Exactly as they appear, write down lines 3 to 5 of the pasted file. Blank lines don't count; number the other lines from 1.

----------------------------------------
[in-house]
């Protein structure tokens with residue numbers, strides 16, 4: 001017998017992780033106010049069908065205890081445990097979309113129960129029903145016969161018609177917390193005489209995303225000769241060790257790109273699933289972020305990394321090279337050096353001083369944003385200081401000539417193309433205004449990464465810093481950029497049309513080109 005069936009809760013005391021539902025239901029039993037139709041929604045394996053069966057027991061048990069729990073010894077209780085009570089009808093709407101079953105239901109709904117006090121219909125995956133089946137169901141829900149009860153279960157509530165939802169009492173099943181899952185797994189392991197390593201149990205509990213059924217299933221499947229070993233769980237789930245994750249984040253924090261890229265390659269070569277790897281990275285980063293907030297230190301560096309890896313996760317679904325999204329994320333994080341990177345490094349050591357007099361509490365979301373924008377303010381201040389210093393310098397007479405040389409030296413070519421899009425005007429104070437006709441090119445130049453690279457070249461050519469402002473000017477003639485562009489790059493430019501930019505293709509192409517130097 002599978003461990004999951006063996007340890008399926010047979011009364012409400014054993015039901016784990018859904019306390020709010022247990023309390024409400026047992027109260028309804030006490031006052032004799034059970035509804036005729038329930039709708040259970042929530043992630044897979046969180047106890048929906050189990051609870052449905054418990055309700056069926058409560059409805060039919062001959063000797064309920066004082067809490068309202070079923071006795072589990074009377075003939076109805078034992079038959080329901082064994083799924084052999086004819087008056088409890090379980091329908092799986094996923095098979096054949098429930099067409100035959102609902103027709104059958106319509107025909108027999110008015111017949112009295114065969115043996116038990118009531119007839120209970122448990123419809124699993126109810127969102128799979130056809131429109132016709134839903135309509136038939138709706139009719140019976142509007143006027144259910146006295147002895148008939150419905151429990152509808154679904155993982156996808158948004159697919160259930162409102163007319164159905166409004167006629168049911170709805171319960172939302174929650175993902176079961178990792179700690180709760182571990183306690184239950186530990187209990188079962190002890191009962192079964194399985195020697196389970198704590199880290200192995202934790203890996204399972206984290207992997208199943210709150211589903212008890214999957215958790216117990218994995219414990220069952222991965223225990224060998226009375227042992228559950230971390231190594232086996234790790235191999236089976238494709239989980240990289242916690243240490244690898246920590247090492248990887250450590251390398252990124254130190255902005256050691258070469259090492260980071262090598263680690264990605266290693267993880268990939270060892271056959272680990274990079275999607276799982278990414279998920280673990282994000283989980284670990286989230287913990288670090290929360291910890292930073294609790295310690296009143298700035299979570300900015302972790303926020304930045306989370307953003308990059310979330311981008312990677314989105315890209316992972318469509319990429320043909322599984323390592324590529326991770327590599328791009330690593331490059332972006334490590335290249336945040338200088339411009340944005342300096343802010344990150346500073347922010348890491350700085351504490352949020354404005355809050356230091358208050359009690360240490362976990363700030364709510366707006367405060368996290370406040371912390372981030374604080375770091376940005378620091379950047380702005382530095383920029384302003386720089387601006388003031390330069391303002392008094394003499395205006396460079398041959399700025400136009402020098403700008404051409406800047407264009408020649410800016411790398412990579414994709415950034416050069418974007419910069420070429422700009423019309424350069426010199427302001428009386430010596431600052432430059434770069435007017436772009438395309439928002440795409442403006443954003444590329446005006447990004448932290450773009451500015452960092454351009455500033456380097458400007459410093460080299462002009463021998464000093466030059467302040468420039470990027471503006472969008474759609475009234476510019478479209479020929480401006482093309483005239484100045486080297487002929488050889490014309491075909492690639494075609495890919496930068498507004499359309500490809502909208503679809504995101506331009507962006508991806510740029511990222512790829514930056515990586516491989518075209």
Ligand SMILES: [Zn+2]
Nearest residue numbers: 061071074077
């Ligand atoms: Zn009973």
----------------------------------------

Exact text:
Ligand SMILES: [Zn+2]
Nearest residue numbers: 061071074077
């Ligand atoms: Zn009973």